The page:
(Adapted from CCL’s Leading Effectively E-Newsletter article, Shifting Gears: How to Successfully Move Into a Strategic Role)
If you’re ready to step into a strategic role, or are a manager who is considering which candidate is best for a strategic job, the first thing to remember is that strategic leadership is different from operational leadership.
“The skills that make you a successful operational leader can, in fact, hold you back as a strategic leader,” says CCL’s Kate Beatty, co-author of Becoming a Strategic Leader. “Meeting short-term targets, mastering your functional area and creating stability for focused execution are some of the skills of strong operational leaders.”
“Strategic leaders must make decisions that position the business for the future, while meeting current demands,” Beatty continues. “They focus on multiple facets of the business instead of ensuring success in a single area. And, typically, strategic leaders are involved in creating significant organizational change.”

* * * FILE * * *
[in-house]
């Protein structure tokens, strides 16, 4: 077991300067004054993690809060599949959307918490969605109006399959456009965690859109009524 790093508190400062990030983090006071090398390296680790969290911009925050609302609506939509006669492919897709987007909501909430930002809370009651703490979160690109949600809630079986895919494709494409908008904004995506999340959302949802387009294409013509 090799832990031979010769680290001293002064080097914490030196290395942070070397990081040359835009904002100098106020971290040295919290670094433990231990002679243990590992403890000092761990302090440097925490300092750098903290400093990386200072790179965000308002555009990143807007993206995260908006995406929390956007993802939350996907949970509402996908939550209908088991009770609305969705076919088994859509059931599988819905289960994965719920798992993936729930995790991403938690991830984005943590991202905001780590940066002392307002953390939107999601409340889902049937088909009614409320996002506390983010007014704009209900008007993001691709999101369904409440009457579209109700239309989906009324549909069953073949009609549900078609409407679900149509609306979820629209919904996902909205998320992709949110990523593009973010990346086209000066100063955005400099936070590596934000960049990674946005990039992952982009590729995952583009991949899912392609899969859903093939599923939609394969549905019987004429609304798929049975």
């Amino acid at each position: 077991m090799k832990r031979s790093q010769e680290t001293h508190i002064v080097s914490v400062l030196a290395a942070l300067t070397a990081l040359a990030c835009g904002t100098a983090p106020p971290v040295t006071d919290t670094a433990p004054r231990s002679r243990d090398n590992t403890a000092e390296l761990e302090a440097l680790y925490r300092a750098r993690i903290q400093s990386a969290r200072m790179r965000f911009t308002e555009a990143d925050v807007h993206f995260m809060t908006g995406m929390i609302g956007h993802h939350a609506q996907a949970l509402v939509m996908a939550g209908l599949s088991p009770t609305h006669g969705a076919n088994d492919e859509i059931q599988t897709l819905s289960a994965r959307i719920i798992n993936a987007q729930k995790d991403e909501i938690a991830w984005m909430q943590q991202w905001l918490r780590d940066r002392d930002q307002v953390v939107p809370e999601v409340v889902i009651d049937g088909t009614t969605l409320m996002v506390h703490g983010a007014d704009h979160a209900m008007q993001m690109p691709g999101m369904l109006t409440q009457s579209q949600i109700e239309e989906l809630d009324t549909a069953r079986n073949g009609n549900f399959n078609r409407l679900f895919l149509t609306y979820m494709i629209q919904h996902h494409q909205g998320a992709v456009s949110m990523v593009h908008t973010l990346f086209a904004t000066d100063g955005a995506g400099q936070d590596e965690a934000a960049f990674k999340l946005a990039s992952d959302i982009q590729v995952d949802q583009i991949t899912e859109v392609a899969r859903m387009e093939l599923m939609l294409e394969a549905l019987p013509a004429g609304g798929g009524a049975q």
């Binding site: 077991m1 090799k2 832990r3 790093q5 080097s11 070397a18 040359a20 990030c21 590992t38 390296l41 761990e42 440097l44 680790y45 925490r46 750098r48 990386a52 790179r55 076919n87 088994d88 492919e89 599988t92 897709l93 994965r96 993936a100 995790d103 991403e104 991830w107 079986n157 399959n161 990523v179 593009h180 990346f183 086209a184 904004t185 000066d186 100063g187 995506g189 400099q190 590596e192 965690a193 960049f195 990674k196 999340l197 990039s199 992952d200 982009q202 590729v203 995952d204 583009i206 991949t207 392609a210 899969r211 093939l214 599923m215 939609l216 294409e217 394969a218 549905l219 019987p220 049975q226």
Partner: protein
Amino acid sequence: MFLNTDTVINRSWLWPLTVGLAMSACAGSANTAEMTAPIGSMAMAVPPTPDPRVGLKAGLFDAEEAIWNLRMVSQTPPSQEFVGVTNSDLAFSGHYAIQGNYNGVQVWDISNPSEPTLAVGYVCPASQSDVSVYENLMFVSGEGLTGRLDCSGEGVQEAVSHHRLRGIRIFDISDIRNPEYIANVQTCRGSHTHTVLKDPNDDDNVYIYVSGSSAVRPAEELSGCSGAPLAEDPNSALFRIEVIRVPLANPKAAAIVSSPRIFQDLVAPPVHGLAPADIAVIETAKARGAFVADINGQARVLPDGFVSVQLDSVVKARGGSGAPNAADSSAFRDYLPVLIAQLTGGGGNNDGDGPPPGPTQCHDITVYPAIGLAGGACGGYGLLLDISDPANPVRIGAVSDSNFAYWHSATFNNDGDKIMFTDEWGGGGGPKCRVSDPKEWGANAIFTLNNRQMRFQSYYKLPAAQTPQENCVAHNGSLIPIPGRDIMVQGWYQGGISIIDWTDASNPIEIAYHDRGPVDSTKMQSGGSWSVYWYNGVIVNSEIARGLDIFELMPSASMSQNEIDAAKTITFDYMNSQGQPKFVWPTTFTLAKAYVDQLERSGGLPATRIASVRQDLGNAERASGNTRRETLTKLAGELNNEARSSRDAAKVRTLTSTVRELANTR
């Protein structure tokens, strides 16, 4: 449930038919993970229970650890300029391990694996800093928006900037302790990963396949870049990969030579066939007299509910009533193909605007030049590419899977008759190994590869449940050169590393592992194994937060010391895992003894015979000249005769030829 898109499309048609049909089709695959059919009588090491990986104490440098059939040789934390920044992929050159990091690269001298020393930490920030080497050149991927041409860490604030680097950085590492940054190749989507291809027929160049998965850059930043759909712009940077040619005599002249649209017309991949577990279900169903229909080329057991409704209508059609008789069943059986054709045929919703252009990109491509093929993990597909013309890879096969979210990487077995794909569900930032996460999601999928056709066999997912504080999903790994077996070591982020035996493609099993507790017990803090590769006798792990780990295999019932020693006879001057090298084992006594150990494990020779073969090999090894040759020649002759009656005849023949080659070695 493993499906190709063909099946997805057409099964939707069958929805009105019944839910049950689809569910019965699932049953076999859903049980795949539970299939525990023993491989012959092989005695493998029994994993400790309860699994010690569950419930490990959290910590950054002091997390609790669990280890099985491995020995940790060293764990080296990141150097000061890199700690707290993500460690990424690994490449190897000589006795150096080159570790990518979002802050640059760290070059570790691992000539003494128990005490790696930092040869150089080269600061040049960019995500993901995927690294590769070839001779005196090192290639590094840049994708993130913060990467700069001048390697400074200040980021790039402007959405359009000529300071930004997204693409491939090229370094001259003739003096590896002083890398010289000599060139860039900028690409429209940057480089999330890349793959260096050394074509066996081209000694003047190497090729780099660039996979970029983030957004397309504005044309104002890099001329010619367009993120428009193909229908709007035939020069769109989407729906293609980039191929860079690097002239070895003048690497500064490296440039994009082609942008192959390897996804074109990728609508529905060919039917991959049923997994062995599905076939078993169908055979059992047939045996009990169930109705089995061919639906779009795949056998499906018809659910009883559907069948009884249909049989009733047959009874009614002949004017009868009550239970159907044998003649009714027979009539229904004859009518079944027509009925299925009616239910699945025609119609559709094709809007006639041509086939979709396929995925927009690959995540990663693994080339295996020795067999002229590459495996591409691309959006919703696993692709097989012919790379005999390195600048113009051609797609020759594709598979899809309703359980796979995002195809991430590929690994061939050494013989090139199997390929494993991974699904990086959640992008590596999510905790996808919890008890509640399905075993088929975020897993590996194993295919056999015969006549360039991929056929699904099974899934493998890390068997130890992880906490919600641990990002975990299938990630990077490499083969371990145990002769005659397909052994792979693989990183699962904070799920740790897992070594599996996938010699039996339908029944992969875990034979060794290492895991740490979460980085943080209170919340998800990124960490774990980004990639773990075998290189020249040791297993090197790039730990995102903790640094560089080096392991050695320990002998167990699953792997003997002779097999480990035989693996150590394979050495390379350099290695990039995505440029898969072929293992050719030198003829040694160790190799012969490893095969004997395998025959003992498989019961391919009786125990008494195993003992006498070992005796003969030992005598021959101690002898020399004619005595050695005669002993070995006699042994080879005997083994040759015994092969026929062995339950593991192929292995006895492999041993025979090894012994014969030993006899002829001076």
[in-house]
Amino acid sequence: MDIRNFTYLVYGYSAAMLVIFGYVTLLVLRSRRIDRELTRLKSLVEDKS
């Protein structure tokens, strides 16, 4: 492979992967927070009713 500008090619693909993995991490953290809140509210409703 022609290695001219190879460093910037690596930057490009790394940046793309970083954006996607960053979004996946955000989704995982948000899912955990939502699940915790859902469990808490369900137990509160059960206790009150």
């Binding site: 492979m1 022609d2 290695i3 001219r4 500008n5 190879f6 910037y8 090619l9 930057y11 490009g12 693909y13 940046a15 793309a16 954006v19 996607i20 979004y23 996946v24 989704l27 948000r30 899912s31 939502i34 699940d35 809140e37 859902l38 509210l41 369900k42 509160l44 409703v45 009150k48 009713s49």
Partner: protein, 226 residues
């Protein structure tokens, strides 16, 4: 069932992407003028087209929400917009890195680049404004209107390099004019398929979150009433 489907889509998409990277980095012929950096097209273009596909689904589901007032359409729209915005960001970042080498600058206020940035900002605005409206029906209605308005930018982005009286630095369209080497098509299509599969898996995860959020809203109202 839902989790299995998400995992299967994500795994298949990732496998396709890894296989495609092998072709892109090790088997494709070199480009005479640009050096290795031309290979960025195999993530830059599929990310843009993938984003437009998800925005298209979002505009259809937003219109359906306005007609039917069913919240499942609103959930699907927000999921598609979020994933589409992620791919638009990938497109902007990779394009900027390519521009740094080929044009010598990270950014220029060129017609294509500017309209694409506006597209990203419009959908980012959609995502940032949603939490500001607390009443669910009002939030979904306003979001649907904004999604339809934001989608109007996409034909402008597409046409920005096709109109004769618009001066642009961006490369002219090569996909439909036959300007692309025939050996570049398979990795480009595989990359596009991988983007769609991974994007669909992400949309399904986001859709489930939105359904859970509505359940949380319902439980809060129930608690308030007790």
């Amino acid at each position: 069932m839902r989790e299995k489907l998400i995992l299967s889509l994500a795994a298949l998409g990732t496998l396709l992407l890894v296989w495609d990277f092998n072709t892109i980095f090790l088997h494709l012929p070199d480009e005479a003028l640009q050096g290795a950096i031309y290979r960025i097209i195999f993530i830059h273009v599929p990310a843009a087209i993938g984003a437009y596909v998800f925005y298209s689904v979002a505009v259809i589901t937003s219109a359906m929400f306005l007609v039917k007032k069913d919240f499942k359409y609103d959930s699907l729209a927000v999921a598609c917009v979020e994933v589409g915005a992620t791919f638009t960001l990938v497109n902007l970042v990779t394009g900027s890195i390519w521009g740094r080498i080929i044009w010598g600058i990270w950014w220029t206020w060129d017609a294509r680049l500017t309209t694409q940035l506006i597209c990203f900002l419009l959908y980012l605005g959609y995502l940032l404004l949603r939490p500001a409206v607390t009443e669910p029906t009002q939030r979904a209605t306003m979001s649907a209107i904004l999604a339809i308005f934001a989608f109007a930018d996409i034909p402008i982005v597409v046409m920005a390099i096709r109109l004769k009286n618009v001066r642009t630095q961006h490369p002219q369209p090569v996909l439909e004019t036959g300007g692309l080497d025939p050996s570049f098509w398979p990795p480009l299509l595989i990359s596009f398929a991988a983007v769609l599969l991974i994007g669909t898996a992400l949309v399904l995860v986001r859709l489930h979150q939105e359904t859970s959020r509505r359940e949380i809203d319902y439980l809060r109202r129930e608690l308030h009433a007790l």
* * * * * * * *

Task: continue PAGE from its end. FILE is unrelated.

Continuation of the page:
Strategic leadership occurs when individuals and teams think, act and influence others in ways that promote the enduring success of the organization.
Strategic thinking begins with understanding the complex relationship between the organization and its environment. Using that knowledge, you can then make decisions that facilitate the organization’s enduring success.
Strategic acting involves taking decisive action consistent with the strategic direction of the organization – despite ambiguity, complexity and chaos.
Strategic influencing is about building commitment to the organization’s strategic direction by inviting others into the strategic process, forging relationships inside and outside the organization and utilizing organizational culture and systems of influence.
“More people in today’s organizations need to be strategic leaders. Organizations that coach and develop strategic leaders throughout their ranks are better positioned to weather the changes ahead,” adds Beatty.
How does having solid strategic leaders in your organization affect change?